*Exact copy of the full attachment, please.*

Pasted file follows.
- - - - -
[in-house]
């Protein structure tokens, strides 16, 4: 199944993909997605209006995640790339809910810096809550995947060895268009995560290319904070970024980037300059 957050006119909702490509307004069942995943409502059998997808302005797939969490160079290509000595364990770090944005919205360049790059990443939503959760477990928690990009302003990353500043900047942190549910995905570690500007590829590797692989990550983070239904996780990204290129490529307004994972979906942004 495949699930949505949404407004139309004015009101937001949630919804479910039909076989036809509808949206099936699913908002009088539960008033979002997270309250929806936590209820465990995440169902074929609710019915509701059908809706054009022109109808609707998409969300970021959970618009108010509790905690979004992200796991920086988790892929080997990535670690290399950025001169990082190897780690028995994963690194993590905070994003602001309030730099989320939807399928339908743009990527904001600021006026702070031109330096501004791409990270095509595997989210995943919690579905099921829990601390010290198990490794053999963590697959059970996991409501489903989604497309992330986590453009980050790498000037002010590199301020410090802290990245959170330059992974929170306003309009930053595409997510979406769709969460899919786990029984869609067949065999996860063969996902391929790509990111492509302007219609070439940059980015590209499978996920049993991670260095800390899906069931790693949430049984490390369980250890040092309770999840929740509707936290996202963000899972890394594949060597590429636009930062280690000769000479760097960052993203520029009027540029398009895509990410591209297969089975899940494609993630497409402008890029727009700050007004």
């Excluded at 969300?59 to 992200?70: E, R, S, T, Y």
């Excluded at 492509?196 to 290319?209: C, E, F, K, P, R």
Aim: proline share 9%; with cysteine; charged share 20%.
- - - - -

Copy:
[in-house]
């Protein structure tokens, strides 16, 4: 199944993909997605209006995640790339809910810096809550995947060895268009995560290319904070970024980037300059 957050006119909702490509307004069942995943409502059998997808302005797939969490160079290509000595364990770090944005919205360049790059990443939503959760477990928690990009302003990353500043900047942190549910995905570690500007590829590797692989990550983070239904996780990204290129490529307004994972979906942004 495949699930949505949404407004139309004015009101937001949630919804479910039909076989036809509808949206099936699913908002009088539960008033979002997270309250929806936590209820465990995440169902074929609710019915509701059908809706054009022109109808609707998409969300970021959970618009108010509790905690979004992200796991920086988790892929080997990535670690290399950025001169990082190897780690028995994963690194993590905070994003602001309030730099989320939807399928339908743009990527904001600021006026702070031109330096501004791409990270095509595997989210995943919690579905099921829990601390010290198990490794053999963590697959059970996991409501489903989604497309992330986590453009980050790498000037002010590199301020410090802290990245959170330059992974929170306003309009930053595409997510979406769709969460899919786990029984869609067949065999996860063969996902391929790509990111492509302007219609070439940059980015590209499978996920049993991670260095800390899906069931790693949430049984490390369980250890040092309770999840929740509707936290996202963000899972890394594949060597590429636009930062280690000769000479760097960052993203520029009027540029398009895509990410591209297969089975899940494609993630497409402008890029727009700050007004």
């Excluded at 969300?59 to 992200?70: E, R, S, T, Y």
């Excluded at 492509?196 to 290319?209: C, E, F, K, P, R």
Aim: proline share 9%; with cysteine; charged share 20%.